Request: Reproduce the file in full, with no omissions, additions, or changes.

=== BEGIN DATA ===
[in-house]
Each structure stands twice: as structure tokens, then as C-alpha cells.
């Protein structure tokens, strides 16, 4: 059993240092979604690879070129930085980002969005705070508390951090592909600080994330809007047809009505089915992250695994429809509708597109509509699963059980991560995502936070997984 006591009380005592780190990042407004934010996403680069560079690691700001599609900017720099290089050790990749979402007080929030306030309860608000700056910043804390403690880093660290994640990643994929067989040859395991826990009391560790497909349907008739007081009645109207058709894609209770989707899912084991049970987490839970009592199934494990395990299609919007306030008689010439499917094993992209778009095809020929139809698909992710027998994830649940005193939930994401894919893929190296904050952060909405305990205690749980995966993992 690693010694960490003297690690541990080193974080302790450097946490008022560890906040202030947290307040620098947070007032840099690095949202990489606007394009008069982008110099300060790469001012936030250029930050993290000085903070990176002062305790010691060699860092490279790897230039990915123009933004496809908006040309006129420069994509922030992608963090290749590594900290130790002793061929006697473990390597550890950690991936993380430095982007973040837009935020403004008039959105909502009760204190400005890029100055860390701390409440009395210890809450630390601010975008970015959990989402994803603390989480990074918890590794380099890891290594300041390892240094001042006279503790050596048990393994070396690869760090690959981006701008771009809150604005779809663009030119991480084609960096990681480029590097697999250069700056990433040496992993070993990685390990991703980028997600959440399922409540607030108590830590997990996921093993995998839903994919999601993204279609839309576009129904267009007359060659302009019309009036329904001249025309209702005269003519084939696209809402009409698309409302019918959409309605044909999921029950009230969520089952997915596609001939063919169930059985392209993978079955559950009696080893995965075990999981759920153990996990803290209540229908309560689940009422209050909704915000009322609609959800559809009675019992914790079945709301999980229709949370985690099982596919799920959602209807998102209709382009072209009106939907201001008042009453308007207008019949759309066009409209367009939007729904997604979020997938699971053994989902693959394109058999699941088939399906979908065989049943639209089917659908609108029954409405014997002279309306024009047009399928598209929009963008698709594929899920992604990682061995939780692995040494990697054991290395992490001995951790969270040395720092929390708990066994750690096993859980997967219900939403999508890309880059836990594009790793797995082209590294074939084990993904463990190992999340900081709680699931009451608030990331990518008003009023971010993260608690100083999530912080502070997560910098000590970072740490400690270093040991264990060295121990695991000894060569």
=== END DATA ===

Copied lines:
[in-house]
Each structure stands twice: as structure tokens, then as C-alpha cells.
């Protein structure tokens, strides 16, 4: 059993240092979604690879070129930085980002969005705070508390951090592909600080994330809007047809009505089915992250695994429809509708597109509509699963059980991560995502936070997984 006591009380005592780190990042407004934010996403680069560079690691700001599609900017720099290089050790990749979402007080929030306030309860608000700056910043804390403690880093660290994640990643994929067989040859395991826990009391560790497909349907008739007081009645109207058709894609209770989707899912084991049970987490839970009592199934494990395990299609919007306030008689010439499917094993992209778009095809020929139809698909992710027998994830649940005193939930994401894919893929190296904050952060909405305990205690749980995966993992 690693010694960490003297690690541990080193974080302790450097946490008022560890906040202030947290307040620098947070007032840099690095949202990489606007394009008069982008110099300060790469001012936030250029930050993290000085903070990176002062305790010691060699860092490279790897230039990915123009933004496809908006040309006129420069994509922030992608963090290749590594900290130790002793061929006697473990390597550890950690991936993380430095982007973040837009935020403004008039959105909502009760204190400005890029100055860390701390409440009395210890809450630390601010975008970015959990989402994803603390989480990074918890590794380099890891290594300041390892240094001042006279503790050596048990393994070396690869760090690959981006701008771009809150604005779809663009030119991480084609960096990681480029590097697999250069700056990433040496992993070993990685390990991703980028997600959440399922409540607030108590830590997990996921093993995998839903994919999601993204279609839309576009129904267009007359060659302009019309009036329904001249025309209702005269003519084939696209809402009409698309409302019918959409309605044909999921029950009230969520089952997915596609001939063919169930059985392209993978079955559950009696080893995965075990999981759920153990996990803290209540229908309560689940009422209050909704915000009322609609959800559809009675019992914790079945709301999980229709949370985690099982596919799920959602209807998102209709382009072209009106939907201001008042009453308007207008019949759309066009409209367009939007729904997604979020997938699971053994989902693959394109058999699941088939399906979908065989049943639209089917659908609108029954409405014997002279309306024009047009399928598209929009963008698709594929899920992604990682061995939780692995040494990697054991290395992490001995951790969270040395720092929390708990066994750690096993859980997967219900939403999508890309880059836990594009790793797995082209590294074939084990993904463990190992999340900081709680699931009451608030990331990518008003009023971010993260608690100083999530912080502070997560910098000590970072740490400690270093040991264990060295121990695991000894060569």